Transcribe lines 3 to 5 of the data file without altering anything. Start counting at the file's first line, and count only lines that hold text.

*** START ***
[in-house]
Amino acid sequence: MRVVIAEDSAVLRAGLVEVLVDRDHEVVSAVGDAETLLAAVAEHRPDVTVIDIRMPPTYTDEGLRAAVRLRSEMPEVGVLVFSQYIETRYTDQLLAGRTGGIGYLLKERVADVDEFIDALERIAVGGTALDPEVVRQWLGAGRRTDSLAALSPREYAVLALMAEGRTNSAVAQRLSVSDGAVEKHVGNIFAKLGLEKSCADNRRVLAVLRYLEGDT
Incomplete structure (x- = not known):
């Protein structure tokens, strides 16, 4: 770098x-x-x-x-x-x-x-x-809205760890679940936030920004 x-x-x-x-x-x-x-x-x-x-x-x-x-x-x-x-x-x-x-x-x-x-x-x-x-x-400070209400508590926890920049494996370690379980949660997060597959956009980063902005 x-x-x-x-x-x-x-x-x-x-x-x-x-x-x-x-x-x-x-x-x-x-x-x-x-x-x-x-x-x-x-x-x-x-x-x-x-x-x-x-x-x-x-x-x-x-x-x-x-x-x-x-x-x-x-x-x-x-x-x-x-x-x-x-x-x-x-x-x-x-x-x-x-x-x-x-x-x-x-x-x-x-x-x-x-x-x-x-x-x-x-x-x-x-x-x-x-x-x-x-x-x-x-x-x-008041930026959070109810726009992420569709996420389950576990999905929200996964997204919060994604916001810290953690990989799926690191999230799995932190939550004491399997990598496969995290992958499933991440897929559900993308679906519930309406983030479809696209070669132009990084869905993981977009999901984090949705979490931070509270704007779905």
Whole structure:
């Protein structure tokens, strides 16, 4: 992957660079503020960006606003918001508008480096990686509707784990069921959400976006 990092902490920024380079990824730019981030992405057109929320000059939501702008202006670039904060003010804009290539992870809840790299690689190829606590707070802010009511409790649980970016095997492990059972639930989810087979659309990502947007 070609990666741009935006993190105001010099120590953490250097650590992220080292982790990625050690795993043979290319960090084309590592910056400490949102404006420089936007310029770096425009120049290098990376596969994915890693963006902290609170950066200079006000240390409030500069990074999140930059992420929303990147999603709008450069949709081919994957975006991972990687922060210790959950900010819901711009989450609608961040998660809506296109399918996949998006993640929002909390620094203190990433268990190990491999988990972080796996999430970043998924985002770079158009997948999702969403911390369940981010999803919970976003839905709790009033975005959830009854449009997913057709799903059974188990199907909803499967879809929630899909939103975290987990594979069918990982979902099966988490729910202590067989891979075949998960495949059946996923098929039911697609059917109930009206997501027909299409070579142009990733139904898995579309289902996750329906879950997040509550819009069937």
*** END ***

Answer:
Incomplete structure (x- = not known):
């Protein structure tokens, strides 16, 4: 770098x-x-x-x-x-x-x-x-809205760890679940936030920004 x-x-x-x-x-x-x-x-x-x-x-x-x-x-x-x-x-x-x-x-x-x-x-x-x-x-400070209400508590926890920049494996370690379980949660997060597959956009980063902005 x-x-x-x-x-x-x-x-x-x-x-x-x-x-x-x-x-x-x-x-x-x-x-x-x-x-x-x-x-x-x-x-x-x-x-x-x-x-x-x-x-x-x-x-x-x-x-x-x-x-x-x-x-x-x-x-x-x-x-x-x-x-x-x-x-x-x-x-x-x-x-x-x-x-x-x-x-x-x-x-x-x-x-x-x-x-x-x-x-x-x-x-x-x-x-x-x-x-x-x-x-x-x-x-x-008041930026959070109810726009992420569709996420389950576990999905929200996964997204919060994604916001810290953690990989799926690191999230799995932190939550004491399997990598496969995290992958499933991440897929559900993308679906519930309406983030479809696209070669132009990084869905993981977009999901984090949705979490931070509270704007779905």
Whole structure: